Unknown to Ida, Schell had overheard her entire impassioned plea to Miss Taber. Now he grilled the young woman with questions about her proposal. "And what makes you think that you, a mere girl, can run a hospital?" he asked. Ida replied that she would be working beside her father, an experienced doctor. Satisfied, Schell turned and wrote a check. "Name the hospital for my late wife, Mary Taber Schell," he said.

When Ida saw the size of the check, she could hardly contain herself for delight. It was for $10,000! This evidence of God's provision led her to reprove the board. “Now there, there would have been my $50,000 if you had not stopped me!” she exclaimed.

It was a necessary lesson in faith and stood her well in coming years. India's need was overwhelming. There was one doctor per 10,000 people. Traditional practitioners had a few good remedies but more that were harmful. For example, a "doctor" might treat an eye disease with a concoction of ground pepper and glass. Ida's compassion revolted at this quackery. Lacking facilities (the Mary Taber Schell women's hospital could not be built for two years), she made an eight by twelve room her dispensary. The verandah served as a waiting room. Not that she was seeing patients. Suspicion kept the Tamil Indians away. Her first call was to a desperate case for which she could do nothing. Word sped that her patient had died. Suspicion increased.

Eventually a high caste Hindu came to have her eyes examined. She had a dangerous conjunctivitis. Ida successfully treated it. Demands for her services steadily increased after that. Soon she was seeing so many cases, she had to conscript her very willing kitchen maid to help her. Salomi was the first of many nurses she would train. Compassion drove Ida to take on more and more work. Soon she was seeing one hundred, two hundred, three hundred, even five hundred cases a day. Sometimes she exclaimed, "Oh for the quiet order of a well-run insane asylum!"

Even if dozens more doctors came from America and Europe, their services would be a drop of water in an ocean of need. Indian women must be taught to care for Indian women. That idea led Ida to create Vellore's nursing school. As soon as it opened, Ida set her sights higher. If she could train nurses, she could train doctors.

Again faith prevailed. Vellore became a medical college. It was not easy. Ida did the work of six people. Backers such as Gertrude Dodd, Hilda Olsen and Lucy Peabody struggled long and hard during the Great Depression and World War II to raise funds to support Vellore as it grew. Time after time the work came to the very brink of crisis, but God always seemed to rescue it.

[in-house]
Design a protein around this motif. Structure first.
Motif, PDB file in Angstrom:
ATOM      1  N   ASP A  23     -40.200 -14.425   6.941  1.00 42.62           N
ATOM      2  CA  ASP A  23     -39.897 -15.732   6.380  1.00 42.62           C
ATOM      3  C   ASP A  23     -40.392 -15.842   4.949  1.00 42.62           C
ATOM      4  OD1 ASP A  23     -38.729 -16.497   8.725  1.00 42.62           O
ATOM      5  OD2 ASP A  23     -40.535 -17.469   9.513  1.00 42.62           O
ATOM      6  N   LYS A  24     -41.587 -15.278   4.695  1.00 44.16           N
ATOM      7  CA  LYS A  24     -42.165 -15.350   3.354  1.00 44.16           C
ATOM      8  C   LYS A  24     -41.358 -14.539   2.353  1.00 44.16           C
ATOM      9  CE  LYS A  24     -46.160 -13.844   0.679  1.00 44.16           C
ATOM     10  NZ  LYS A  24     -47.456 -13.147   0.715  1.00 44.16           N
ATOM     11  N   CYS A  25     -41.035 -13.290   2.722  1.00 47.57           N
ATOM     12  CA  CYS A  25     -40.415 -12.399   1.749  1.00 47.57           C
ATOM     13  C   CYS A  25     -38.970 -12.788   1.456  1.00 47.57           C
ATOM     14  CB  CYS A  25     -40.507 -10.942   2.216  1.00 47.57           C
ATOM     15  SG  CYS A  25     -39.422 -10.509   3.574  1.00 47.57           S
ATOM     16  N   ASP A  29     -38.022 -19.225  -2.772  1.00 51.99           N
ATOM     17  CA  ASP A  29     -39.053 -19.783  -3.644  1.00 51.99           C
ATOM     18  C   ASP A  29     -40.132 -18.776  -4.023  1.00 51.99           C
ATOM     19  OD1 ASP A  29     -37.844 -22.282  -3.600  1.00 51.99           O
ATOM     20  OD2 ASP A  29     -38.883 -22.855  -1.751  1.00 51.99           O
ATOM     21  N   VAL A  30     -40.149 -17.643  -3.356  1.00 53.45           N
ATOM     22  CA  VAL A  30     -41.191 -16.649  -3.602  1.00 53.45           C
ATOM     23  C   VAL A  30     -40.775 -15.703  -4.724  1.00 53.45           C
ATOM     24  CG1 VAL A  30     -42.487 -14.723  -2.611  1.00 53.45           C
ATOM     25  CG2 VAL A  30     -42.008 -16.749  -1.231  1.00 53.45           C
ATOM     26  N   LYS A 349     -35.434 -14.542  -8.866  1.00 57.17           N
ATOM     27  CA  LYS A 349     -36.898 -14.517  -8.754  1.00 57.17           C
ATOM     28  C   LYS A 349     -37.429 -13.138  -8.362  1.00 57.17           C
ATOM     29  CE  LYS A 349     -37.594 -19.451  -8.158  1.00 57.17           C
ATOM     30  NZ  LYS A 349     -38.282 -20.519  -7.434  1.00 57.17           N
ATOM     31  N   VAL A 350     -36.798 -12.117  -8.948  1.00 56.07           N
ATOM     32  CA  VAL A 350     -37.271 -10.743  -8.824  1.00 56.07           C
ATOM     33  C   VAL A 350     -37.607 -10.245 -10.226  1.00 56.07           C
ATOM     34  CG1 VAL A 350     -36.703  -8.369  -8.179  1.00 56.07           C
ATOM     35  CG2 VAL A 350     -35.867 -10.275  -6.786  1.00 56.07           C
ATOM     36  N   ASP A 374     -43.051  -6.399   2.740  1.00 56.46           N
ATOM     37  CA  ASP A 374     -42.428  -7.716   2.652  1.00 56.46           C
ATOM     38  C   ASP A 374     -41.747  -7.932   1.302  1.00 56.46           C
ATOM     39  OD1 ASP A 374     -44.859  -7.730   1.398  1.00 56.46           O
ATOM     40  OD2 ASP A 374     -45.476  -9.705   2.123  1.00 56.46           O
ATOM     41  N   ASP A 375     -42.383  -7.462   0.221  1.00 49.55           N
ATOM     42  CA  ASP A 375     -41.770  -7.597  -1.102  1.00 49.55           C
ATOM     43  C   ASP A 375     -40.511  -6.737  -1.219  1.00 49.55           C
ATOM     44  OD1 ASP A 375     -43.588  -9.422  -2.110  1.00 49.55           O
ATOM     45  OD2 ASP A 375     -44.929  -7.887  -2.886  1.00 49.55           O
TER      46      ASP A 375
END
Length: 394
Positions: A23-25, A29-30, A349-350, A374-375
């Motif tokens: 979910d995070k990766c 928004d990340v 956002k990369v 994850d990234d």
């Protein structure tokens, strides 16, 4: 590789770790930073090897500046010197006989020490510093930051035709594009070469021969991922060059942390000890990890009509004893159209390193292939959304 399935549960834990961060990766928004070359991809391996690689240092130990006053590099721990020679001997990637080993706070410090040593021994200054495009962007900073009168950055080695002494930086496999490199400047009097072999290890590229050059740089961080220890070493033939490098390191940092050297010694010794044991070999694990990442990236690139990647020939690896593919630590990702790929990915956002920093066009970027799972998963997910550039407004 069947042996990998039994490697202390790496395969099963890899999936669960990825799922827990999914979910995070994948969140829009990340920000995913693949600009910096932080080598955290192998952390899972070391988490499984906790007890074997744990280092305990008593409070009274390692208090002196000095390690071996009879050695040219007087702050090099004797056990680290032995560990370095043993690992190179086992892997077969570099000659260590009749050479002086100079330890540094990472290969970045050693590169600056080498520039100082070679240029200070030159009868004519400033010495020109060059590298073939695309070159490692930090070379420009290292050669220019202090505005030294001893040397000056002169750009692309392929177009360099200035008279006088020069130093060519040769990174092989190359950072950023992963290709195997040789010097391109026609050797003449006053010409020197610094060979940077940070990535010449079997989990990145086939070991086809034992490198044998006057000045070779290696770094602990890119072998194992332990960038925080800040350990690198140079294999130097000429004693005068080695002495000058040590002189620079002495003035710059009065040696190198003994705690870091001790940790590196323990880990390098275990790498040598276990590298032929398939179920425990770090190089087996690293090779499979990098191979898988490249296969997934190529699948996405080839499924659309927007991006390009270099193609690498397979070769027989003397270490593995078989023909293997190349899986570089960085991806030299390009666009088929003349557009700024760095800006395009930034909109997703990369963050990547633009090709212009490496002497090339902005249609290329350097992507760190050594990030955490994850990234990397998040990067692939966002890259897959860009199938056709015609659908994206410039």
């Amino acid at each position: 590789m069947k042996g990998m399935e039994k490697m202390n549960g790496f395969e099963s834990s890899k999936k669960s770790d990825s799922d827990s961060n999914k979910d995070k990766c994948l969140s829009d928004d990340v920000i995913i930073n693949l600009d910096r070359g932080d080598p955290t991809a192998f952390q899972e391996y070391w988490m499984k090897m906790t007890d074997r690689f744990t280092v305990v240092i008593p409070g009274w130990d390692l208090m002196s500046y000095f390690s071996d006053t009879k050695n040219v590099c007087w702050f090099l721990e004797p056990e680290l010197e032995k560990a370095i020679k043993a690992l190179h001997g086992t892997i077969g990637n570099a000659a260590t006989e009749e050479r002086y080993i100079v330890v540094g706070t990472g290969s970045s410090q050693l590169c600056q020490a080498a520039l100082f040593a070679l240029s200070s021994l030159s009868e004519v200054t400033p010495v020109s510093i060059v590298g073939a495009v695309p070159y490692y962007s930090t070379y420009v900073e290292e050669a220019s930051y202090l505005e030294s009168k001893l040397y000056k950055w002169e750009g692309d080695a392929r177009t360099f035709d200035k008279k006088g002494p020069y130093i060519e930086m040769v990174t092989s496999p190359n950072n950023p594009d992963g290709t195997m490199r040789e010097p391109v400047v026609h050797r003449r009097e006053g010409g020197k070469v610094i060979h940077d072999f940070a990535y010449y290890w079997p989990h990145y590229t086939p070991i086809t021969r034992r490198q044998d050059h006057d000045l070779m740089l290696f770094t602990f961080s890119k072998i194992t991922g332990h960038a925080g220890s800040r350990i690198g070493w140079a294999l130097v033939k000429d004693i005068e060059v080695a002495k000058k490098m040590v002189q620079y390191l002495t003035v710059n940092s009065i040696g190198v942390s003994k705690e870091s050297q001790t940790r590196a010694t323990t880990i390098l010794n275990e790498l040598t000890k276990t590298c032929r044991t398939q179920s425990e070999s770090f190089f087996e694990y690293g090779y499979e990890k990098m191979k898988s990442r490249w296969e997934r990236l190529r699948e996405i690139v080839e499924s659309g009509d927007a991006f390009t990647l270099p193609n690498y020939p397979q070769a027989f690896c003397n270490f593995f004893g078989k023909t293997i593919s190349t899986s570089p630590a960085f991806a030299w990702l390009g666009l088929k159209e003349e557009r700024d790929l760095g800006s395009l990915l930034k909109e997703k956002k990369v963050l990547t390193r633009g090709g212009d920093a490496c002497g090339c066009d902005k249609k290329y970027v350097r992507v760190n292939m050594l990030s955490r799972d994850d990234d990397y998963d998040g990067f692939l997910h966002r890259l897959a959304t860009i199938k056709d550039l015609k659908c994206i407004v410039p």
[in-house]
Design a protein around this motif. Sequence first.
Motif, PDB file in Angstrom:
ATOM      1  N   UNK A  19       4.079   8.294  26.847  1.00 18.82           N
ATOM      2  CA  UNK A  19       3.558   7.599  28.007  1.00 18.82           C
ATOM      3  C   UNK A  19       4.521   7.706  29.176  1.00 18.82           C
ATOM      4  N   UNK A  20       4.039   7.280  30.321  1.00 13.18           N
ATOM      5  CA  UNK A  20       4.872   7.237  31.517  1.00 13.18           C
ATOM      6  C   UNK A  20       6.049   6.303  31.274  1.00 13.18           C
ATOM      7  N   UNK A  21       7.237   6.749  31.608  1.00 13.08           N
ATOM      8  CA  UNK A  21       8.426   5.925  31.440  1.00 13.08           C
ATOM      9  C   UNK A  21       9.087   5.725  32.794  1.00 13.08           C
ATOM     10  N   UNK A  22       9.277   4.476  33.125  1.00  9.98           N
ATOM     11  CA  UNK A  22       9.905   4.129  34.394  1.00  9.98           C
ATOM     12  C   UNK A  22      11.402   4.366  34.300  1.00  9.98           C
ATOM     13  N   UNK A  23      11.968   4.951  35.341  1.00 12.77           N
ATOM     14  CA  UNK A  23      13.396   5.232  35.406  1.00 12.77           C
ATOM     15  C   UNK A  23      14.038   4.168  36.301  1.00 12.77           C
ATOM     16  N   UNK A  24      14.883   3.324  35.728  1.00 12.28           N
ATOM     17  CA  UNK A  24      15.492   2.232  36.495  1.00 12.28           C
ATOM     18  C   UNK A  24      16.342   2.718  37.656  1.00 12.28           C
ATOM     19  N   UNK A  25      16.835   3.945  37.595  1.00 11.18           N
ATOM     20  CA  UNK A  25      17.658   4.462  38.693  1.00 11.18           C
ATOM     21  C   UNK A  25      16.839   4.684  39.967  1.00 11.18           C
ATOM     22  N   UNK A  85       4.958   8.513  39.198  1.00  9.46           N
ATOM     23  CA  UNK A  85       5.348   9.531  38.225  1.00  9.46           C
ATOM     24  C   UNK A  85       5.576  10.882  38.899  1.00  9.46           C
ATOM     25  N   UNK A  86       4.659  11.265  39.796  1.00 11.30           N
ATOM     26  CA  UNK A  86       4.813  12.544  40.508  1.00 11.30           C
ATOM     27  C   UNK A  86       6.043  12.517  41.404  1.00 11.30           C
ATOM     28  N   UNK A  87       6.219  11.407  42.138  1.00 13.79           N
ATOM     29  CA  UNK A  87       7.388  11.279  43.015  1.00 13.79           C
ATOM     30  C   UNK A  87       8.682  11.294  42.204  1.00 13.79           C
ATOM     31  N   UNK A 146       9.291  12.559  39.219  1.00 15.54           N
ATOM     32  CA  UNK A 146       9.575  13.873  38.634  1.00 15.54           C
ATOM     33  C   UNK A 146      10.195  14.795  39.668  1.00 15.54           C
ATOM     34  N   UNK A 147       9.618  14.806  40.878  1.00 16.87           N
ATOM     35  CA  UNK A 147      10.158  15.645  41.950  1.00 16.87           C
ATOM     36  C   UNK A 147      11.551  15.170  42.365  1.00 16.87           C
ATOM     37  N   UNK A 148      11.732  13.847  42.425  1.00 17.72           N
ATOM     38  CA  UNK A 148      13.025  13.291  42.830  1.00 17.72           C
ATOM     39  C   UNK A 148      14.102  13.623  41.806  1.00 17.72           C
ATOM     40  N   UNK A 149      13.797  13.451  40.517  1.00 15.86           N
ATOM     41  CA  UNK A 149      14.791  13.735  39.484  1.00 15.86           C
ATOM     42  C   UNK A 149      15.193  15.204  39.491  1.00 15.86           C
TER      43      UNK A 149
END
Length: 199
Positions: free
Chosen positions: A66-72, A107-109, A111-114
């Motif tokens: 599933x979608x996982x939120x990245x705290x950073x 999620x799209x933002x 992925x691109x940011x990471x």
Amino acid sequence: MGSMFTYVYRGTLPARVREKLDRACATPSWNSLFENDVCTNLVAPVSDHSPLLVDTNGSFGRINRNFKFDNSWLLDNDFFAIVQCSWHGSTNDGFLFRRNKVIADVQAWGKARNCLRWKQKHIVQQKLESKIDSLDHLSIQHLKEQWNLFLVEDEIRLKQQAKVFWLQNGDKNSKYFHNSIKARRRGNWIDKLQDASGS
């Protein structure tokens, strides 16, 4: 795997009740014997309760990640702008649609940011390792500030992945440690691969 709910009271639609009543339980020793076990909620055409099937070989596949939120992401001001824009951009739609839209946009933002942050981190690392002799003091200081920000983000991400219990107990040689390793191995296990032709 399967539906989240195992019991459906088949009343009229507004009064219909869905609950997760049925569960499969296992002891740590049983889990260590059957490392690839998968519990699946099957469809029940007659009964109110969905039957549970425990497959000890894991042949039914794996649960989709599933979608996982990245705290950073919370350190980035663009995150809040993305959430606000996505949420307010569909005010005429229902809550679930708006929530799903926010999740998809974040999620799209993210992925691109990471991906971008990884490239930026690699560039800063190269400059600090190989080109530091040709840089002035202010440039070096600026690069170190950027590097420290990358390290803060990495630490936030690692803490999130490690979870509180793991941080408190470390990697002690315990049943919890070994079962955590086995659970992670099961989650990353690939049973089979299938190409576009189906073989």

At one crisis, Ida wrote: First ponder, then dare. Know your facts. Count the cost. Money is not the most important thing. What you are building is not a medical school. It is the kingdom of God. Don't err on the side of being too small. If this is the will of God that we should keep the college open, it has to be done.

And it was done. Thus it came about that the woman who had wanted to shake the dust of India from her feet was taken by Indians to their heart. British and Indian officials presented her with high awards. Gandhi visited her. She won international fame. Her faith stands as an abiding and respected testimony.

More on Ida
  • John Scudder, Ida's father, died just months after she returned to India. She undertook the work alone.
  • Ida took her services to the countryside villages, by ox cart and by car, operating on the roadsides. As she drove home exhausted at night, men and women flagged her down to tend desperate cases.
  • Officials said Ida's girls could never compete with men in the medical exams. She'd be lucky if a single woman passed. As the results of the exam were announced, stress mounted. 80% of the men failed. The women's scores were announced last. Inspired by her vision, all fourteen of Ida's students passed. India's women set too high a standard for the men!
  • In four generations, the Scudder family sent 42 missionaries to India and other nations.
  • Some Indians knelt before Ida, believing her the incarnation of a god. She constantly had to shift her feet to escape this unwelcome homage.
  • Young Ida was notorious for her hi-jinks at Dwight L. Moody's seminary for girls. She sneaked down fire escapes for unchaperoned trips to town, “borrowed” a German instructor's horse and tied it up two miles away, protested food, and smoked in the attic.
  • On a bicycle tour in the U. S. to address missionary meetings, Ida became infected from contaminated well water. Her life teetered in grave danger. Fortunately a famous doctor was able to personally supervise her case. His care, the strength of her body, and the prayers of Dwight L. Moody saved her life.